2019 STAR: ‘The year for youth’

David Herard, 7, shows off the West Division’s winning sheepshead, which tipped the certified scales at Hackberry Fishing Camp and Marina at 5.75 pounds. For his catch, Herard is set to receive a $1,500 Academy Sports & Outdoor gift card at the CCA awards banquet on Oct. 17 in Baton Rouge. (Photo courtesy of CCA Louisiana)
David Herard, 7, shows off the West Division’s winning sheepshead, which tipped the certified scales at Hackberry Fishing Camp and Marina at 5.75 pounds. For his catch, Herard is set to receive a $1,500 Academy Sports & Outdoor gift card at the CCA awards banquet on Oct. 17 in Baton Rouge. (Photo courtesy of CCA Louisiana)

Young anglers figure prominently on final leaderboard

They say youth is wasted on the young — but that absolutely wasn’t the case for the 25th annual 2019 Coastal Conservation Association’s Louisiana STAR Tournament.

In fact, young anglers racked up in many categories and figured prominently on the final leaderboard of the tournament, which ended on Labor Day.

“This year was definitely the year for youth,” said Rad Trascher, CCA’s tournament director. “The overall speckled trout winner, Zachary Miller, is 23. After Zach, the winner of the trout East Division, who also won the fly-fishing East Division, was 17-year-old Graydon Hall. The second place trout in the east was from Charles Gordon, who’s 16.

Graydon Hall, 17, took home top trout honors in the East Division with this nice 6.26-pound speck that was weighed in at Cypress Cove Marina in Venice.
Graydon Hall, 17, took home top trout honors in the East Division with this nice 6.26-pound speck that was weighed in at Cypress Cove Marina in Venice. (Photo courtesy of CCA Louisiana)

“Jansen Weaver brought in a beast of a 91.45-pound cobia to win that division, and he’s just 21. And to top it all off, the sheepshead West Division winner, David Herard, is 7 years old.”

The youthful resurgence this year bodes well for the future of saltwater angling in the state, Trascher said.

“It’s refreshing to see that many kids who are not worried about video games, out there trying to win fishing tournaments,” he said. “You’ve got some where it was pure luck, but some are really serious anglers like Graydon and Charles Gordon. Zach is 23, still somewhat new to the game — but it shows we’re attracting those folks, and we love giving them prizes.”

What the winners got

Speaking of prizes, the tournament’s biggest one — a 2019 Chevy Silverado pickup truck — got scooped up on the very first day of fishing. Nicholas Varnado reeled in a tagged redfish early on the morning of May 25 near Hopedale, and it turned out to be the only one caught by a registered angler.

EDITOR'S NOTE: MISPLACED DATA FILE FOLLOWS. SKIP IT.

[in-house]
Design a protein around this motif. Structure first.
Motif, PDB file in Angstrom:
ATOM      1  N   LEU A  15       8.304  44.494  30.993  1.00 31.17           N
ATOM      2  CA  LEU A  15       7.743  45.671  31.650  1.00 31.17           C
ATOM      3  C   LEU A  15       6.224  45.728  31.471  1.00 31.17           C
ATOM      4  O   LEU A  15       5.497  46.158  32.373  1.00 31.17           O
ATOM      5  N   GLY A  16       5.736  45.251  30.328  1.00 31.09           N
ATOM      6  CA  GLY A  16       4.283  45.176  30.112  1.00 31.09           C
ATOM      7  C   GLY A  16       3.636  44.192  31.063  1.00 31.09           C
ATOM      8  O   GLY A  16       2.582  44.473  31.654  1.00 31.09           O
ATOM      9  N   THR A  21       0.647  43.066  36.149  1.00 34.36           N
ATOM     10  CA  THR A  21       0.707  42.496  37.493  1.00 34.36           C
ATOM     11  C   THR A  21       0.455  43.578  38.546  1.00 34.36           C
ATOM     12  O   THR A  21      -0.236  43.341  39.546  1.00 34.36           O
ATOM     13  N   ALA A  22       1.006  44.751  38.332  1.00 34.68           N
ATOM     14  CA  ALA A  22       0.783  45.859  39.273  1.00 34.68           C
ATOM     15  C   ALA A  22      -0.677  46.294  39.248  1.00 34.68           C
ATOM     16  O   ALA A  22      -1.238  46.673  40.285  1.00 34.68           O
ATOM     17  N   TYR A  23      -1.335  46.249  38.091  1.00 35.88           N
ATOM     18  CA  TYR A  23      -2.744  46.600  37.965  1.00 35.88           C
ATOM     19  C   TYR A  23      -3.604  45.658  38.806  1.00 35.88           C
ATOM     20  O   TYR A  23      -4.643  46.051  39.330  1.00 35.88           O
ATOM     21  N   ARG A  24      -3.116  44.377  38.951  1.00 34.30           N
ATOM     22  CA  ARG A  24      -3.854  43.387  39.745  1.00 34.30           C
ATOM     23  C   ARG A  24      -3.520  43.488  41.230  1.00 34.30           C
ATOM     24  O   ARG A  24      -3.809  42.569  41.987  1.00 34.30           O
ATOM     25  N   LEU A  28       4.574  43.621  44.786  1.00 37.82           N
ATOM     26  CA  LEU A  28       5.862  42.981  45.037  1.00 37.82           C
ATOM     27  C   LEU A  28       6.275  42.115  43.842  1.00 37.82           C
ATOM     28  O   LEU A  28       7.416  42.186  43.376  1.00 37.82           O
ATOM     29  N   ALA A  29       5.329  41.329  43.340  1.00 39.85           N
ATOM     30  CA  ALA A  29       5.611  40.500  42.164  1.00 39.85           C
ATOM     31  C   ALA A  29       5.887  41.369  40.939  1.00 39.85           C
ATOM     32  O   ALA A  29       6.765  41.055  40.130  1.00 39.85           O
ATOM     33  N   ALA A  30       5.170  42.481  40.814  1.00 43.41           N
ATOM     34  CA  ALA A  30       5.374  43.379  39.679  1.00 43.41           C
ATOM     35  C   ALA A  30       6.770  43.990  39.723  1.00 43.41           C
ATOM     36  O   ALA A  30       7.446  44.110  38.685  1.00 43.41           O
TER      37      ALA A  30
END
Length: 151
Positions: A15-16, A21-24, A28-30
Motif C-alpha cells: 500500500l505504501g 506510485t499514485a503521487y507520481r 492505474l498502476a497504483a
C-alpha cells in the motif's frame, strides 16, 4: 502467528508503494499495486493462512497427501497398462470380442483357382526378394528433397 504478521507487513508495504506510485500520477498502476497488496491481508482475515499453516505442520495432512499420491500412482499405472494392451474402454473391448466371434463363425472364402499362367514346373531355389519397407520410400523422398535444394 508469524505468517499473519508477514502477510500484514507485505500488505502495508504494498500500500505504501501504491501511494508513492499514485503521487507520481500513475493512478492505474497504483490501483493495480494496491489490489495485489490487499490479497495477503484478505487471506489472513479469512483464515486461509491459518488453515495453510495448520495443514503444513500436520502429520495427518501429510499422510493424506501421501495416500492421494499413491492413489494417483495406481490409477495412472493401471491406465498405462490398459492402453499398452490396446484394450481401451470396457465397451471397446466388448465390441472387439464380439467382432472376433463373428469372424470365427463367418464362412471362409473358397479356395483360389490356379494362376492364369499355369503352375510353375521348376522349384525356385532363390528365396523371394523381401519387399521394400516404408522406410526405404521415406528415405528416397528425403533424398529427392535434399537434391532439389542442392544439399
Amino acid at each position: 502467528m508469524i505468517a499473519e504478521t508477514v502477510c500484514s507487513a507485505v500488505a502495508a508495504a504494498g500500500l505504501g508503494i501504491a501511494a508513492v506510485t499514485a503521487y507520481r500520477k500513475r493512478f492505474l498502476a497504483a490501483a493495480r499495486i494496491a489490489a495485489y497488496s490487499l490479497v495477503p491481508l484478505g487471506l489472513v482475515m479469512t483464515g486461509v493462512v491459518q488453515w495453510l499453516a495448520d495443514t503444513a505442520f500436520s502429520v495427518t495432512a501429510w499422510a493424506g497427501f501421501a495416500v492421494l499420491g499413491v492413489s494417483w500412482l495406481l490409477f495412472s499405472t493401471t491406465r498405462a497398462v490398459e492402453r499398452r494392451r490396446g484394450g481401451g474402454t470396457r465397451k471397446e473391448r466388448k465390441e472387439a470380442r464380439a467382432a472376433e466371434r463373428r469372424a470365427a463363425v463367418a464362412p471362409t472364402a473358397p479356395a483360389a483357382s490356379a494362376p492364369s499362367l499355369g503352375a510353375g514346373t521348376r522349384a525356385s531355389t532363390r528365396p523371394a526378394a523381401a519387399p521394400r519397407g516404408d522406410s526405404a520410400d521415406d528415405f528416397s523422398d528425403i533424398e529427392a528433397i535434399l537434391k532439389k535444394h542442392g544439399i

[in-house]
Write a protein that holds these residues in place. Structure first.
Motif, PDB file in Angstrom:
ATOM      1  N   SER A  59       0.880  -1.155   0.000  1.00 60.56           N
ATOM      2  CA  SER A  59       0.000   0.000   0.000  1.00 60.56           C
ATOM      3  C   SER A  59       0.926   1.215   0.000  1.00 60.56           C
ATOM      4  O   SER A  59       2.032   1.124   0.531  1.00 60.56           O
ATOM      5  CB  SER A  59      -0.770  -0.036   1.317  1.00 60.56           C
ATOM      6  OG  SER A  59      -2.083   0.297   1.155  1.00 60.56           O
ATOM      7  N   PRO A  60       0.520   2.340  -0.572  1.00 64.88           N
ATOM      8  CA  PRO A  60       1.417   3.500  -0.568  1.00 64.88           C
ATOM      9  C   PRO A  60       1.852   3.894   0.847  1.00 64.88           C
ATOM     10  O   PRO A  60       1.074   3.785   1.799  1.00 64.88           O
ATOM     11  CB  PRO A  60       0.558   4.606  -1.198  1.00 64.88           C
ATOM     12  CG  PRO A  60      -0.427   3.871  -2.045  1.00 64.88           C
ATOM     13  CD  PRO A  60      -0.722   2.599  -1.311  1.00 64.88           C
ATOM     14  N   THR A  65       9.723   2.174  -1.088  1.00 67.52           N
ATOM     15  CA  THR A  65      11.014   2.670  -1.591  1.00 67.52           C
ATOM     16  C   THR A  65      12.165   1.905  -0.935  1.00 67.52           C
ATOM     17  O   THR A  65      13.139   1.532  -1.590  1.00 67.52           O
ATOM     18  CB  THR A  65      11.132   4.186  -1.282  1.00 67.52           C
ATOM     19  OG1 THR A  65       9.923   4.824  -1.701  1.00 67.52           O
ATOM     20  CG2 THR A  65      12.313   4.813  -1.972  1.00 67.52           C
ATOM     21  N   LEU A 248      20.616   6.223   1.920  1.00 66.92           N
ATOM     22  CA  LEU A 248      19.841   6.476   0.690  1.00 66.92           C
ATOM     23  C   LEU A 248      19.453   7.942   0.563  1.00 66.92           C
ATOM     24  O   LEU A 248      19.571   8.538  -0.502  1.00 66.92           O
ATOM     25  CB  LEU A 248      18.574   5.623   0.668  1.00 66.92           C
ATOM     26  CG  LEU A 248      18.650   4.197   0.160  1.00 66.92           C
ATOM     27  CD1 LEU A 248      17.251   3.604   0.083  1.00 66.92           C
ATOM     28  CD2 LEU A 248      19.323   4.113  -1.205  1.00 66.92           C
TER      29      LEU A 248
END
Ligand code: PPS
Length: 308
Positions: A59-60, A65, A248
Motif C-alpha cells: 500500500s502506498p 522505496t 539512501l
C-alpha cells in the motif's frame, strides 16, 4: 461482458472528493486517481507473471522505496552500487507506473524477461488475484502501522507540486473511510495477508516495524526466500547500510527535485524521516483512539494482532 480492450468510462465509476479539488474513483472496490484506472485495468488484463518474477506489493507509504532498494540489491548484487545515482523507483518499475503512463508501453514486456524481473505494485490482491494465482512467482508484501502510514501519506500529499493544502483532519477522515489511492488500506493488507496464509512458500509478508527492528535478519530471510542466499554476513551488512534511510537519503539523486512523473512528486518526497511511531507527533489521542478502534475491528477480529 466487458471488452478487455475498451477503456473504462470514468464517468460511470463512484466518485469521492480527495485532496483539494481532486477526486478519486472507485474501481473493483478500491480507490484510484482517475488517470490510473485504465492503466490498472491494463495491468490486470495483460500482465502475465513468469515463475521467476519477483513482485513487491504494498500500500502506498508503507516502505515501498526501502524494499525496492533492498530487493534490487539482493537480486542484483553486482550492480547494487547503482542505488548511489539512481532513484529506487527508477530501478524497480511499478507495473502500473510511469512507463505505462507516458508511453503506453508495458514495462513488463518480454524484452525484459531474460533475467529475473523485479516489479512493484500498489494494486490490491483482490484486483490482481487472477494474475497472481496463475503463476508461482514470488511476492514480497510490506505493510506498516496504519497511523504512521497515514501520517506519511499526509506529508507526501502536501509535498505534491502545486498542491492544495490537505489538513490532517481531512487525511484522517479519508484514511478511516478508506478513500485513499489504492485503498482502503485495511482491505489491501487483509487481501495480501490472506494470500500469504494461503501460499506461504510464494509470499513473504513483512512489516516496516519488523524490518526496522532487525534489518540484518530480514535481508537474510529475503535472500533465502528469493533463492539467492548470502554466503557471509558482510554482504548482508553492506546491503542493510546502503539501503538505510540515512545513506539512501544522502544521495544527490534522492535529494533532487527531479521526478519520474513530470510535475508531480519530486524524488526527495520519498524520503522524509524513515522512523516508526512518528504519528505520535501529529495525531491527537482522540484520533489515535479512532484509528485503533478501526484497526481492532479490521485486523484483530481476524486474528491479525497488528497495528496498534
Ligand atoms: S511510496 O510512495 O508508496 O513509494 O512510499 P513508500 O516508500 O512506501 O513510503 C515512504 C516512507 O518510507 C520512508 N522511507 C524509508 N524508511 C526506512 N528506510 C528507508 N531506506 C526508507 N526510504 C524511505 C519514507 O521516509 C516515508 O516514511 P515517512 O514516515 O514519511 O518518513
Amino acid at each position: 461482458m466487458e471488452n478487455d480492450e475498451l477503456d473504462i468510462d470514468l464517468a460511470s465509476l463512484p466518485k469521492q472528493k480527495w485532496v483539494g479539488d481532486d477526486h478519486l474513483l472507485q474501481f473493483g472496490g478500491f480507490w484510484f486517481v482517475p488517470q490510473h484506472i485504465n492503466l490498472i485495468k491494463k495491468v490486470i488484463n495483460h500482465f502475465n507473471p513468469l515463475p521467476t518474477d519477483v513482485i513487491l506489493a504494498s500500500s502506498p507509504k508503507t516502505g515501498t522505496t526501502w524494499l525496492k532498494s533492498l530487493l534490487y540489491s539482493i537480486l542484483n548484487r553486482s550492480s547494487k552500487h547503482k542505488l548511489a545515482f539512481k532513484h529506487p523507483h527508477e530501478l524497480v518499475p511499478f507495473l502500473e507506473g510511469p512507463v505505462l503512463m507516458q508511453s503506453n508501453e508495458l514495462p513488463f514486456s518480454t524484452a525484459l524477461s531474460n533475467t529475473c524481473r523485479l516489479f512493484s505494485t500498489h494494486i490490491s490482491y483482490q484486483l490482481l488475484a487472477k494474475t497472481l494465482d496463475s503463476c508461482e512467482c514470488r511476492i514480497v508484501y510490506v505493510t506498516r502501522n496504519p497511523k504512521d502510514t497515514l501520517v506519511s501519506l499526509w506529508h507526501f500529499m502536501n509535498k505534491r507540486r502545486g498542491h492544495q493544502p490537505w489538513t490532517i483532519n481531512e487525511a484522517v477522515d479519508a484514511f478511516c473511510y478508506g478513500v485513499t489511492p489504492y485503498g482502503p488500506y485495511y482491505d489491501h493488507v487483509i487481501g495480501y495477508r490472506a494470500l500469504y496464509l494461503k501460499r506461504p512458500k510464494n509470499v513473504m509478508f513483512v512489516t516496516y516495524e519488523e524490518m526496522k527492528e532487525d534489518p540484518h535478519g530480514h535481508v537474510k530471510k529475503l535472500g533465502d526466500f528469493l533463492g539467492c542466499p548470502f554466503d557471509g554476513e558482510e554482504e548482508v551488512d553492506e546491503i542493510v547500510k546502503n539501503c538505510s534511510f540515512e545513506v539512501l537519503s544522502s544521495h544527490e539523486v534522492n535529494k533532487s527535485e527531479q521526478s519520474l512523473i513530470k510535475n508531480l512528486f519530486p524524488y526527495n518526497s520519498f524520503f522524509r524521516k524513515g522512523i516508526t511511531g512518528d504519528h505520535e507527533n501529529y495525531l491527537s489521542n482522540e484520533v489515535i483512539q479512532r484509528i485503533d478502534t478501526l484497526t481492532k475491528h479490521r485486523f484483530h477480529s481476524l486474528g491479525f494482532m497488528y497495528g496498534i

Nicholas Varnado reeled in this tagged redfish near Hopedale on the very first day of the 2019 CCA Louisiana STAR Tournament, and is set to win a 2019 Chevrolet Silverado pickup truck at this year’s awards banquet on Oct. 17 in Baton Rouge.
Nicholas Varnado reeled in this tagged redfish near Hopedale on the very first day of the 2019 CCA Louisiana STAR Tournament, and is set to win a 2019 Chevrolet Silverado pickup truck at this year’s awards banquet on Oct. 17 in Baton Rouge. (Photo courtesy of CCA Louisiana)

Nine additional tagged fish were caught throughout the summer, but none by anglers signed up for the tournament.

“I wish we’d had more winners,” Trascher said, noting that additional tagged redfish would have meant prizes including a 35-foot Kodiak RV, 21-foot NauticStars with 150 hp Mercury motors and 1754 GatorTail Extreme Series boats with 40 hp motors. “It’s all about being in the right place at the right time. Obviously, you have so many saltwater anglers out there along with the 12,000 fishing the tournament, the odds are people that aren’t entered are going to catch some.

“The big takeaway is to make plans to register next year, so you don’t eat a $40,000 fish like nine folks did this summer.”

Miller reeled in the biggest speck from all four divisions, a 6.93-pounder, and weighed it in at Hackberry Fishing Camp and Marina. He’s in line to win a 21-foot NauticStar with a 150 hp Mercury 4-stroke engine, and the three other trout division winners are set to receive 19-foot NauticStars with 90 hp motors.

In addition to Miller and Hall, Jeff Dempster won the Southeast trout division with a 6.32-pounder, and Lorrie Ardoin was the big trout winner in the Southwest with a 4.65-pounder.

7-pound specks

No leaderboard trout cracked the 7-pound mark this year, but Trascher attributed that to tough fishing conditions more than anything else.

“There are no 7-pounders so that might seem a little odd, but those bigger fish that typically win STAR come from either the far east or the far west, and those guys had high water all summer,” he said. “They missed their best fishing time. If you look in the Southeast, everybody on the board was over 6 pounds — that’s probably one of the bigger sets of fish we’ve had there. So I don’t think you can read a whole lot into it. Typically those winning fish come early, and nobody was catching fish in any of those spots at that point.”

All winners will be honored at a banquet set for Live Oak Cedar Lodge in Baton Rouge on Oct. 17.

Polygraph examinations had not been completed at press time, so tournament results are officially pending, Trascher said. For a look at all the winners on the STAR leaderboard, visit ccastar.com.

Patrick Bonin
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Patrick Bonin is the former editor of Louisiana Sportsman magazine and LouisianaSportsman.com.